The kids in the darkened theatre cheer when the hero mounts his white horse and gallops after the bad guys. The popcorn is fresh, the Yanks are winning and all is right with the world. It's a Saturday matinee in America, 1981. The movie is the new megabuck release from George Lucas and Steven Spielberg, "Raiders of the Lost Ark".
It's gonna be a monster, as they say in Show Biz. Meaning: it's going to make as much money as Lucas and Spielberg's biggest previous productions (Star Wars and Jaws, respectively), and do a great deal to shape our national fantasies for the next year or two, besides. From a strictly-entertainment point-of-view, that's fine. Raiders is a socko movie, brilliantly edited to a staccato, thrill-a-minute clip, with great sight-gags and a Dolby soundtrack that makes every punch and slap sound like bombs bursting in air.
Viewed in a political perspective, however, "Raiders of the Lost Ark" is less enchanting. The more-American-than-apple-pie hero--who bears the felicitous name Indiana Jones--lashes his way through a variety of Third World locales, scattering crowded marketplaces and demolishing construction sites in his quest to outmuscle the villains and rescue the damsel in distress. Of course, the simple natives love him anyway, because Jones sticks it to the "really" evil guys--German Nazis, circa 1936. We can tell they're evil because they speak in menacing accents and wear uniforms. Jones, he wears old clothes and this boyish beard, and his speech is Midwestern, direct, flat.
So, there are no troubling questions of conscience in this movie, no unsettling ambiguities. WE are the Good Guys, and THEY are the Bad Guys, and we beat the bejeesus out of them, period. "Raiders of the Lost Ark", despite its big-budget gloss, is a conventional action picture, artistically and politically conservative, drenched in nostalgia for a time when Americans believed themselves to be politically pure and militarily omnipotent.
Raiders is of a piece with Lucas' earlier films, such as "American Graffiti", a nostalgic look back at the director's high school days--made when he was still in his twenties--and "Star Wars" and "The Empire Strikes Back", in which the values of an idealized American past are set in a futuristic conception of outer space.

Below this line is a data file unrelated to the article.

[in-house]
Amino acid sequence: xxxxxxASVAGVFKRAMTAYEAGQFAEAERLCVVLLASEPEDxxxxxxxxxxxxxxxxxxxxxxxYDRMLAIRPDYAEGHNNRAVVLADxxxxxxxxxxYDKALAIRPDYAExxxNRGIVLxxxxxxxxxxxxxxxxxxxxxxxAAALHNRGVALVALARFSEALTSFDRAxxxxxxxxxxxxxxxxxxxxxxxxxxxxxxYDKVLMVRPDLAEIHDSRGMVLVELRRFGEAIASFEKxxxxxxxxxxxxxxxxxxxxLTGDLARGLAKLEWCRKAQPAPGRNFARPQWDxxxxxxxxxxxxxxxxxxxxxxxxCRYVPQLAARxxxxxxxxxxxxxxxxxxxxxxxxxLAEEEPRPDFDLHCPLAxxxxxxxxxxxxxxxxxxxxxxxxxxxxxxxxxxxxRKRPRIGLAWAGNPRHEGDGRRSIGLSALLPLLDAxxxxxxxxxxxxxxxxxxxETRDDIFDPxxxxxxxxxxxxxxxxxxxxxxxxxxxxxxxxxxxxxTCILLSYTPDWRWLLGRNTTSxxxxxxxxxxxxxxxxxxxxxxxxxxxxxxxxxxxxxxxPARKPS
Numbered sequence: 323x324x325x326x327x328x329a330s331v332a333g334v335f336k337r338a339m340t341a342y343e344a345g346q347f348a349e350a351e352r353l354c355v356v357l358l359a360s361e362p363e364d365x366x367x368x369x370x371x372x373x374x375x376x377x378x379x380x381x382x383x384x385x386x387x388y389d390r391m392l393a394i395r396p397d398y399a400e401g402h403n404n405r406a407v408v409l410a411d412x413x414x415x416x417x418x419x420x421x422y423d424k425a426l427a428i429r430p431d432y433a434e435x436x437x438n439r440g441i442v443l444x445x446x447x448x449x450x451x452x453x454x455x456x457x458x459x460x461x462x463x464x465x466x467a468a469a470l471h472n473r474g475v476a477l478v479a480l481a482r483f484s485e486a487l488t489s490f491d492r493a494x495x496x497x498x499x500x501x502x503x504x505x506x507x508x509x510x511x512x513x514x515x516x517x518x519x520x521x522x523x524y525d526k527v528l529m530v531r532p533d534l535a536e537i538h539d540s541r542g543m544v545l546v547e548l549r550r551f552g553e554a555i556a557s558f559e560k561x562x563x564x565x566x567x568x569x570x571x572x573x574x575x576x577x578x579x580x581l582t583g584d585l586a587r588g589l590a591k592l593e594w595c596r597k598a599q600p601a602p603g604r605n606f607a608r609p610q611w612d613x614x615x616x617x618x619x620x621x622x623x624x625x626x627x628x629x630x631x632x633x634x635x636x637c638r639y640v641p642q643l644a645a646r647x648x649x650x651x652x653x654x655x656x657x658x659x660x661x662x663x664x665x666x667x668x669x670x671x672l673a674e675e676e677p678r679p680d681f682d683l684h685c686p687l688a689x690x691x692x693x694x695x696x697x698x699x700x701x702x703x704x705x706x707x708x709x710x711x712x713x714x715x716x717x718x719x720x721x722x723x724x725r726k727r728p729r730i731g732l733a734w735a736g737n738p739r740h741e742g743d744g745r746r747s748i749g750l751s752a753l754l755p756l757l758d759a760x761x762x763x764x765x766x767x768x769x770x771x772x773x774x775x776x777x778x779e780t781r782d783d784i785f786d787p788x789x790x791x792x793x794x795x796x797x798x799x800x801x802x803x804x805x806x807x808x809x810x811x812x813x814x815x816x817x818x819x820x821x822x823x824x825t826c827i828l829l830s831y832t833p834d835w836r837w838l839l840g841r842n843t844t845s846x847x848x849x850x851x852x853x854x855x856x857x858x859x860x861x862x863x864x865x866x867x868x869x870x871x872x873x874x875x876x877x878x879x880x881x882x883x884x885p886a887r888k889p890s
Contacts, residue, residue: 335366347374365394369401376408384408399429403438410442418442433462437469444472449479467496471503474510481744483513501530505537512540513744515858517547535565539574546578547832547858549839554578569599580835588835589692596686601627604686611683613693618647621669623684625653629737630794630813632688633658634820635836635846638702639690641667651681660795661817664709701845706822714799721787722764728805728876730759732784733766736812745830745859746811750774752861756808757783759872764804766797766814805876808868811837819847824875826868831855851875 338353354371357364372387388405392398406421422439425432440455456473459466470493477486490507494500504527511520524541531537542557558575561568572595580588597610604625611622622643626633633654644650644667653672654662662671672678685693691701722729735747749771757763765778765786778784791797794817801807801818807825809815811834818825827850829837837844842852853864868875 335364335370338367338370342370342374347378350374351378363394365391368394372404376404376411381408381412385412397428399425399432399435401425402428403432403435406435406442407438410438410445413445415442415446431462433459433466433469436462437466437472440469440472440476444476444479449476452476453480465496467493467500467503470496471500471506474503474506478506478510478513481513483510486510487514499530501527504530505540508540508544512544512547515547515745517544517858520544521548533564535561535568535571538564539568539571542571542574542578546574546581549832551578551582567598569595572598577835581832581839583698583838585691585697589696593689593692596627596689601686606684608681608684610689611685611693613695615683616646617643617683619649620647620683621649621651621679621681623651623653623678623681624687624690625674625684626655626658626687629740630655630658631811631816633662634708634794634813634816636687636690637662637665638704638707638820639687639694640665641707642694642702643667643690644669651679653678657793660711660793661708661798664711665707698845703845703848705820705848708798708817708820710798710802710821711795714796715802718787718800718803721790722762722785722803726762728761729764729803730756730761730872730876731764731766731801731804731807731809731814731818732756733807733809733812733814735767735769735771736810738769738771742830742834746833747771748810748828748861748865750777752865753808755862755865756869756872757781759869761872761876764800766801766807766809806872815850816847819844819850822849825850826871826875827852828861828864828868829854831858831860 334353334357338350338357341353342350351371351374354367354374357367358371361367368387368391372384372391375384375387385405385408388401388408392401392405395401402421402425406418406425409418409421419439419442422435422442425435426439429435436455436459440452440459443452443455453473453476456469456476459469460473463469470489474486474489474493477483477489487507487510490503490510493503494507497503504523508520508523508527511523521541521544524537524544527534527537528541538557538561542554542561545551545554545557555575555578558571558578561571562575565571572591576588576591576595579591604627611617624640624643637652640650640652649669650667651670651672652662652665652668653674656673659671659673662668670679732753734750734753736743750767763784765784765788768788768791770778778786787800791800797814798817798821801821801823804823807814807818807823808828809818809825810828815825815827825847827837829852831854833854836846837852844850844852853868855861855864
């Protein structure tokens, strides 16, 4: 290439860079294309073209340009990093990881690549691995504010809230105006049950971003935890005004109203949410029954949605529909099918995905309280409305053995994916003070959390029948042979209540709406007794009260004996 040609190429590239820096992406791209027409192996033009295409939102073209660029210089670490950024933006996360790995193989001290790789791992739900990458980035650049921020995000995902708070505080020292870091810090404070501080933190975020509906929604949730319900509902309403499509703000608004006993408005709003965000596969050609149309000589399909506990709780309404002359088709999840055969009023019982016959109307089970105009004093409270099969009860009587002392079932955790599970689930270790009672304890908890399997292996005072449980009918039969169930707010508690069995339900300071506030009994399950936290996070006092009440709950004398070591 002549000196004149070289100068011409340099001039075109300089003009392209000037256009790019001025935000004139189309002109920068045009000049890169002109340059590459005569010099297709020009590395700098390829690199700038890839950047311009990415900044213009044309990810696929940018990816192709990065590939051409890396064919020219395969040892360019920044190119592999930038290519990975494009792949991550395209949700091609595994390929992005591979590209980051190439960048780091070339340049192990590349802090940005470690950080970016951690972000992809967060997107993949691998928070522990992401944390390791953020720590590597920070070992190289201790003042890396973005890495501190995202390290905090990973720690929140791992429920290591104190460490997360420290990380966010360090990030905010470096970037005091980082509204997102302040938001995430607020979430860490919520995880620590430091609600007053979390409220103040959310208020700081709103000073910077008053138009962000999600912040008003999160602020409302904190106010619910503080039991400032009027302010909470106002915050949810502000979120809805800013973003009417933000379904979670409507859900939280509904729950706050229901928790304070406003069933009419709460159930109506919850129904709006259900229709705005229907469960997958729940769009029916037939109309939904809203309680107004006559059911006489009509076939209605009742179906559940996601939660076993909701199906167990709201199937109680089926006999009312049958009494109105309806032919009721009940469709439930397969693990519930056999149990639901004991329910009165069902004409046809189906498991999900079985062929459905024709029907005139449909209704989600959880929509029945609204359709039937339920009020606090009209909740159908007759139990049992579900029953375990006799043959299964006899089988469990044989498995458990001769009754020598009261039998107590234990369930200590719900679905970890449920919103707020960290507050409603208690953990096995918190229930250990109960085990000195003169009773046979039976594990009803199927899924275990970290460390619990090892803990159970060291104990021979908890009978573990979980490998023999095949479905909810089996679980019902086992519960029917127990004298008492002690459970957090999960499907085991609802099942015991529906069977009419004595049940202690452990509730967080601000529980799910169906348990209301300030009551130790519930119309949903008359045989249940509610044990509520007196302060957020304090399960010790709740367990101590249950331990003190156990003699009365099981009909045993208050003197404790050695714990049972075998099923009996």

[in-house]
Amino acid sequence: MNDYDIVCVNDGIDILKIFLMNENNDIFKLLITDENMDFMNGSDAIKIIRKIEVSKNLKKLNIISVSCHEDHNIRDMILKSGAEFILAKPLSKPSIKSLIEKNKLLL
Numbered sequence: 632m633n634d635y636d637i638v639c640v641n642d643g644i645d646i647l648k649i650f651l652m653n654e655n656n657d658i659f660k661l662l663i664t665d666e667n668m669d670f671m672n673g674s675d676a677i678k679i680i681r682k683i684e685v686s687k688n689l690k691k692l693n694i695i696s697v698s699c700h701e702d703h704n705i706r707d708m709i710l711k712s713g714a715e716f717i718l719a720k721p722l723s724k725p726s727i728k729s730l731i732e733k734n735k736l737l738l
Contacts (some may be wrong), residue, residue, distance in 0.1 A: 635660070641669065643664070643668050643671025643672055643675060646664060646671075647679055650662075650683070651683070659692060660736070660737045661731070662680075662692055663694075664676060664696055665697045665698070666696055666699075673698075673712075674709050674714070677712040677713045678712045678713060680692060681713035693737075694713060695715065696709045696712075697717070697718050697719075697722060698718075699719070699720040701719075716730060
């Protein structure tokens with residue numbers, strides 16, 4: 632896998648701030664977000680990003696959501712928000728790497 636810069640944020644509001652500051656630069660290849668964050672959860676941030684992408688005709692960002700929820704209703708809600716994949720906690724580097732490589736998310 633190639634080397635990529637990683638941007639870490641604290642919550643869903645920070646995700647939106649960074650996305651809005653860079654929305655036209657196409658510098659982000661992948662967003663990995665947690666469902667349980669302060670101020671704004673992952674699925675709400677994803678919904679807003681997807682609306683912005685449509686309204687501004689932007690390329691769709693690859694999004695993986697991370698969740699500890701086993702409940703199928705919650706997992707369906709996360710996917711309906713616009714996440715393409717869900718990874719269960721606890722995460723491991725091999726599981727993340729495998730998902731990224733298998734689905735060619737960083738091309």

Spielberg's track record is more complex. It includes pictures that explore ambiguity and doubt, such as "The Sugarland Express" and even "Close Encounters of The Third Kind", in which the benevolence of the saucer people is left up in the air until the film's final climactic moments. With Raiders, Spielberg appears to be turning his back--only temporarily, one hopes--on subtle colorations of character for the simple clarity of a world viewed in black and white.
"Raiders of the Lost Ark" depicts not just a quest for the Lost Ark of the Covenant, but an invocation of lost innocence--the Golden Age of America's past, when we outproduced everybody and won all the wars. In a scene toward the end of the film, Jones (played by Empire's leading man, Harrison Ford) is nearly run over by a German plane that unfortunately bursts into flame before it can do any harm. Although I'm sure it's coincidental, the wreckage of that plane looks like nothing so much as the famous photograph of the smoldering American helicopters in the Iranian desert widely circulated last year. In movies, where wishes come true, it's the other side's aircraft that crack up and burn.
It is, perhaps, a sign of the times that these popcorn passion plays are being produced by young directors-- Spielberg and Lucas are both in their thirties. Despite the recent example of the experimental cinema of the 1960s, with which they are undoubtedly familiar, Lucas and Spielberg have forsaken risk to stick to the safe commercial formulae of the 1940s.
Of course, one can argue--as the filmmakers themselves do--that Raiders, like their other work, is "only a movie" only entertainment, and not meant to be taken seriously. That "Raiders of the Lost Ark" is an entertaining picture, there is no doubt, but we're being more than entertained when we cheer the hero on the white charger. Lest we forget, Nixon watched "Patton" several times just before he decided to invade Cambodia, and a star of Grade B oatburners has taken his place in the White House, itchy trigger finger and all. Praise the Raisinettes and pass the ammunition.